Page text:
The two rigid-tentacle-like appendages directly above a Kuagu's eyes (known as the superofrontal sinusal tentacles) are sensory organs. These appendages serve a similar function to human touch and hearing. At the center of each tentacle is a fluid filled sinus, which extends laterally to roughly the gap between their eyes. The two structures are kept pressurized by the seminasal sinuses (located between the eyes and partially anterior to the tentacle sinuses) and henceforth through the small nostril anterior to their second mouth (see under respiratory system).

These sinuses are supplied by a heavy cluster of nerves that send sensory information quickly to the brain as well as organized spots of thinner skin upon the tentacles that allow better sensation of subtler stimuli. By this way they serve a major role in a Kuagu's ability to perceive their immediate surroundings sensing the slight refection of sound waves, air pressure changes, and most physical contact with their tentacles. In wider and calmer surroundings Kuagu may "squeek" to echolocate their position.

In modern times, close contact of the tentacles is considered incredibly intimate in most Kuagu culture groups and is often only done among family, lovers, very close friends, and in some ceremonial procedures.

adult female Kuagu skull (anterior view)

An adult female Kuagu skull (anterior view)

Digestive System[]

Kuagu mouths have two parts; the exterior mouth of skin and the interior "beak" of keratin. Together, these two parts allow Kuagu to break up food for passage down their alimentary canal.

Respiratory System[]

Kuagu have two orifices used for breathing. The primary orifice of these two is through the same throat they use to swallow food. However, food is prevented from entering their lungs by a protective epiglottis at the entrance of the pharynx. The second orifice used for breathing is a nostril located behind the first mouth but through the "beak", through a portion of the seminasal sinuses and into the pharynx . allowing Kuagu to breathe while eating food.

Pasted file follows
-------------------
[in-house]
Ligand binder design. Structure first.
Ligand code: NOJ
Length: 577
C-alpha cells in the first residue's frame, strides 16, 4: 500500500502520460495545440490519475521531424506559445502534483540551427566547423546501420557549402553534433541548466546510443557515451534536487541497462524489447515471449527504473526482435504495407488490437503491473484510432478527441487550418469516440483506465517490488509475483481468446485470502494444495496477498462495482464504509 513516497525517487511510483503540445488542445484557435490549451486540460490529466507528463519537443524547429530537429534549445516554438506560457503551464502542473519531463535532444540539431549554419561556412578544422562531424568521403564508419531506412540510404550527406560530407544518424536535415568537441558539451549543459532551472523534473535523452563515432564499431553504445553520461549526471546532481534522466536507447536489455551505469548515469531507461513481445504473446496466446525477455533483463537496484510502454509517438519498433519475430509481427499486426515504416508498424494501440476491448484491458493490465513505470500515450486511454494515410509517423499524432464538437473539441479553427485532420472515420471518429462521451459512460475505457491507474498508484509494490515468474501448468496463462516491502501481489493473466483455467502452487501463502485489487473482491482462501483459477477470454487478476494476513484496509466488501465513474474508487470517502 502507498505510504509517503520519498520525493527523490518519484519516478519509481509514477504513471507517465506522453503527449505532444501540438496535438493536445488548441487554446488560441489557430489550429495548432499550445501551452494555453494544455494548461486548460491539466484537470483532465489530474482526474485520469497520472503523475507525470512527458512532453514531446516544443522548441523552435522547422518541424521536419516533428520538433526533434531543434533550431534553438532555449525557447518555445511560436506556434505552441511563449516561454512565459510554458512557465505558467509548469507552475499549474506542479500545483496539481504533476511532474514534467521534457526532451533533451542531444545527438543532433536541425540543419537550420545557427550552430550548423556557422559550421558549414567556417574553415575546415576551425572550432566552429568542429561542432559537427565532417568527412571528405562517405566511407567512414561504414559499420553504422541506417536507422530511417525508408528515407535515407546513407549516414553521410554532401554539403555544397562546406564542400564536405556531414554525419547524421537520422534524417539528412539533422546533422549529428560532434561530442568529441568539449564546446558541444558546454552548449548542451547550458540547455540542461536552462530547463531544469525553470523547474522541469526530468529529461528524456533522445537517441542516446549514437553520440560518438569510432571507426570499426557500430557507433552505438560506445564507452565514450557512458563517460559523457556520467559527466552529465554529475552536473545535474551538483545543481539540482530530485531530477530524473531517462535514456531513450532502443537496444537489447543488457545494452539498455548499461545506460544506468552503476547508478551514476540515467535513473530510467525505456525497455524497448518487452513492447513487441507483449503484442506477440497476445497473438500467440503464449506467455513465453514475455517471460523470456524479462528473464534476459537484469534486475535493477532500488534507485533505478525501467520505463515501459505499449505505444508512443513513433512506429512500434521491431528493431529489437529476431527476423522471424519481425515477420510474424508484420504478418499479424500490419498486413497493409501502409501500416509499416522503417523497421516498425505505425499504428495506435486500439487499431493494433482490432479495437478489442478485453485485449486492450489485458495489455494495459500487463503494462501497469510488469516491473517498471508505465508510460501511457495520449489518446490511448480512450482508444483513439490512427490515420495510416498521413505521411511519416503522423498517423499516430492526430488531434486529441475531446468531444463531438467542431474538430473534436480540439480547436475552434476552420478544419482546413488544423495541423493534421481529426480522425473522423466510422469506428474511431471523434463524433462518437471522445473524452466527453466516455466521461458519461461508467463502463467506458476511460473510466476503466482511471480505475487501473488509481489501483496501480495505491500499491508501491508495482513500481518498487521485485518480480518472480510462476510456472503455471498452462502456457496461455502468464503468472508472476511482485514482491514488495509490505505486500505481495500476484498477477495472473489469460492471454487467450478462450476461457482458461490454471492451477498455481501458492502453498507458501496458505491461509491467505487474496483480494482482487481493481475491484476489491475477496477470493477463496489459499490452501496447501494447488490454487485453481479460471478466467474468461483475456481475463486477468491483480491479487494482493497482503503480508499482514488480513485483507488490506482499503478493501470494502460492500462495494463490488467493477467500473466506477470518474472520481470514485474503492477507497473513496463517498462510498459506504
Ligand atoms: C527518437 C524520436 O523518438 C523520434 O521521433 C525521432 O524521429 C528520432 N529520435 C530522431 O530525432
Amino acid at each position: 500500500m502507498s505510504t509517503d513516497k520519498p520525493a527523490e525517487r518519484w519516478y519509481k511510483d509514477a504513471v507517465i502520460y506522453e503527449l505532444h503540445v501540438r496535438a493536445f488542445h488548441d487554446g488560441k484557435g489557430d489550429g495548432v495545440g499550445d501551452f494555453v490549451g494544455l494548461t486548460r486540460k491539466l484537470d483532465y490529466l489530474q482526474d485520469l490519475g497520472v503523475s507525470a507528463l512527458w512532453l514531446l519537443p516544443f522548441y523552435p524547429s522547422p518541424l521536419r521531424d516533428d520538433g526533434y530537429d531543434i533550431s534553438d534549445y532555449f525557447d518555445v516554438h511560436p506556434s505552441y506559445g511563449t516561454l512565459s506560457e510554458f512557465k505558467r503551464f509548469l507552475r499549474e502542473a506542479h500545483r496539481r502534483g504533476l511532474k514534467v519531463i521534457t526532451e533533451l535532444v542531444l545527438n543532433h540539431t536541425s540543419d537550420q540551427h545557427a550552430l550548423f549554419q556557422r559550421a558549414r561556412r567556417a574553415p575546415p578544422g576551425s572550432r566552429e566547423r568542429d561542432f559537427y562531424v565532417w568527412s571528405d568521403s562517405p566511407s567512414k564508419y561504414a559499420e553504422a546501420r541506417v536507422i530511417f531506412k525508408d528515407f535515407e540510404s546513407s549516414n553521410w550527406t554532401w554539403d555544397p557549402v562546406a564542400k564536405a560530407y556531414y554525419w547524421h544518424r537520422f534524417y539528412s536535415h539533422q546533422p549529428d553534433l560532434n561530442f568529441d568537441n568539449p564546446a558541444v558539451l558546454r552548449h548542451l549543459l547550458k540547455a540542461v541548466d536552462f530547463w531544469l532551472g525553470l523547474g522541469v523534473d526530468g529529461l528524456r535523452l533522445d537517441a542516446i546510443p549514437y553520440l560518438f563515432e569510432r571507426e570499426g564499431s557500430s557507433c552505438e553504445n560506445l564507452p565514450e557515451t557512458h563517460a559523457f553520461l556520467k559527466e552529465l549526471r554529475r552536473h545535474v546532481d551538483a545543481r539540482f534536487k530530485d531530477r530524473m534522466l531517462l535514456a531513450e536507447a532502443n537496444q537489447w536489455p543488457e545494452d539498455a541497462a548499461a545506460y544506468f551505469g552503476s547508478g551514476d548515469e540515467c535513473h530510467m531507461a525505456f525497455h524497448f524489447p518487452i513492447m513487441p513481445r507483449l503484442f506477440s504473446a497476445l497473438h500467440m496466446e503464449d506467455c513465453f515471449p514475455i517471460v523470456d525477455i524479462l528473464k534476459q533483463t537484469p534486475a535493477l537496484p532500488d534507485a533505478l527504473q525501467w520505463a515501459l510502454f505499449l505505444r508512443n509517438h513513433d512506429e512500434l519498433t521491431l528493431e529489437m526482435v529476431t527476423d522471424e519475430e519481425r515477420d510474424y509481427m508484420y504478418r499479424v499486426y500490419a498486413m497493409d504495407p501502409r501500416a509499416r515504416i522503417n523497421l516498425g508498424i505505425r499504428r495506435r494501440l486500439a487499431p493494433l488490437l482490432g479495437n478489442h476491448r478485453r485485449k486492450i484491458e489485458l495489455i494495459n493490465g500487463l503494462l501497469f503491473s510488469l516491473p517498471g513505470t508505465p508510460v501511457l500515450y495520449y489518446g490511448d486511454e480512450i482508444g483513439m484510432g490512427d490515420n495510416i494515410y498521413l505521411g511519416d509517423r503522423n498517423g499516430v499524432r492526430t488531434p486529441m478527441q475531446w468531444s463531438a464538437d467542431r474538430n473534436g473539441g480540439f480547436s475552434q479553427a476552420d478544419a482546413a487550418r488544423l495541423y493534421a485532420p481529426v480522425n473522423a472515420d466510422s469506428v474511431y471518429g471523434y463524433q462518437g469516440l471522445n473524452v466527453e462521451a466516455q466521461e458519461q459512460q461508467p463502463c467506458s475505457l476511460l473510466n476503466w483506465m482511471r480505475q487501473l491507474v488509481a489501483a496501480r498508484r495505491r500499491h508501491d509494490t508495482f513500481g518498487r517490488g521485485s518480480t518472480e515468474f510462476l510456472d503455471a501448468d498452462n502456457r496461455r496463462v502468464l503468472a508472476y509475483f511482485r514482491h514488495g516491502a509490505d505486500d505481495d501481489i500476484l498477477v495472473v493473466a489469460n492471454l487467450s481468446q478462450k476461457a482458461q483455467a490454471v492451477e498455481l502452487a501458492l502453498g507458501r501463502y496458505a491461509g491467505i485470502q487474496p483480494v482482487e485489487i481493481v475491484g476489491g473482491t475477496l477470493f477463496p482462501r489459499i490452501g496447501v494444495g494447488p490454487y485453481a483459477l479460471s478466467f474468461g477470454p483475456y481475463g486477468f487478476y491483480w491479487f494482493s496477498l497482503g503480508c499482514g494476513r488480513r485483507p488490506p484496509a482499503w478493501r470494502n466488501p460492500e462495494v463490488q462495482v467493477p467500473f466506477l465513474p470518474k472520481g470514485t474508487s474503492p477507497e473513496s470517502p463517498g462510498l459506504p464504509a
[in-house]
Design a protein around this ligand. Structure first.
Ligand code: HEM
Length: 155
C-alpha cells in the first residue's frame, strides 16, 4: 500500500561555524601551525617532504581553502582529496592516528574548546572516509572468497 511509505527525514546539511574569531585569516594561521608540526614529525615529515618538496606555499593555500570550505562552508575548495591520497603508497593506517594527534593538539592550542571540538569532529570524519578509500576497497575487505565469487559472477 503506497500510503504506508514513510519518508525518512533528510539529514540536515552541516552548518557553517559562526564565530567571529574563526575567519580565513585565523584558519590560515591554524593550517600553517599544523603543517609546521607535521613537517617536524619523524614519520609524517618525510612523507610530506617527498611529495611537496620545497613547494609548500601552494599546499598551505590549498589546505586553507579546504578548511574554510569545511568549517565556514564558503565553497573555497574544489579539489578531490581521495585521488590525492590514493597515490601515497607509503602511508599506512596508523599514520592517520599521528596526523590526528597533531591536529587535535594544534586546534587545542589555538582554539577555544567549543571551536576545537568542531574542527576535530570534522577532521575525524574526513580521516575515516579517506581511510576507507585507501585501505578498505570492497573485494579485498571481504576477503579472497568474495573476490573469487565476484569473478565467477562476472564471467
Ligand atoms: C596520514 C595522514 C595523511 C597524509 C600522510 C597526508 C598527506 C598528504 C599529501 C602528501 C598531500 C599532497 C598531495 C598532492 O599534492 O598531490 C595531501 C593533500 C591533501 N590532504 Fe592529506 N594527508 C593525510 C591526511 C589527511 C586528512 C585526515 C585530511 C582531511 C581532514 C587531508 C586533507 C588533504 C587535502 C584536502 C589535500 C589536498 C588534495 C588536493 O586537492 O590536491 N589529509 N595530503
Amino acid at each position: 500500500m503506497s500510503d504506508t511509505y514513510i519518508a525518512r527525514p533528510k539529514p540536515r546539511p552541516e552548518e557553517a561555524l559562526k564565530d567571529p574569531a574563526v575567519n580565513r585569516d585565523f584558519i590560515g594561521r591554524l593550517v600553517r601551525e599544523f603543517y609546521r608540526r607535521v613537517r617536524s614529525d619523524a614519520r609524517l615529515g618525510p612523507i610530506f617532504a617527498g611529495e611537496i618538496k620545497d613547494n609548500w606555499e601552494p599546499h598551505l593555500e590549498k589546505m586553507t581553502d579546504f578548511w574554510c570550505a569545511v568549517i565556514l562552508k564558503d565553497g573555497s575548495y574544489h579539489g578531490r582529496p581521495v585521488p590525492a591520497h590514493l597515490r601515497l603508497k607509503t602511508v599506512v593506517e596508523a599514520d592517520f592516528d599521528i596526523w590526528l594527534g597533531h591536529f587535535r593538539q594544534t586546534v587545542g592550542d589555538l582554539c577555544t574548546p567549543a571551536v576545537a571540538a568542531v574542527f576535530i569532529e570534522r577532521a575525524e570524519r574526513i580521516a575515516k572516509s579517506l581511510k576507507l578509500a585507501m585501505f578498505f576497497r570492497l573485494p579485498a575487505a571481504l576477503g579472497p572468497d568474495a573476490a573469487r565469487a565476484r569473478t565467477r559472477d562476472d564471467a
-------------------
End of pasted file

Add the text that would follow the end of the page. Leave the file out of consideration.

Most developed Kuagu culture groups live in semi-communalist communities ruled over by kingdoms that often have governing authority over several subterrean communities at once.

Euclidean Humor[]

Compared to humans, Kuagu have had quite hectic lives for most of their history. This is why one of the most common cultural aspects of almost all of modern Kuagu groups is their unique type of comedy, commonly known as Euclidean Humor( or Kuagu Humor). This form of humor is developed from Kuagu's very blunt manner of speaking to form jokes that, instead of moving from buildup to punchline, are simply single phrases with the buildup and punchline combined followed or accompanied often by some dance or voluntary motion to provide emotion or context.

For example:

Johnny: "the meat is red!" (jumps back and forward while saying line)

Timmy: (laughs hysterically)


Almost all Kuagu kingdoms worship some form of wind, storm, or sky god. The doctrine of most of these religions often surrounds the literal and metaphoric idea that Kuagu are fairly helpless to being swept away by the wind. It is taught in most of these doctrines that one must achieve a "heavy soul" by following dogma and ceremonies and acting with humility toward their god. However, dogma and ceremony differ immensely between doctrines.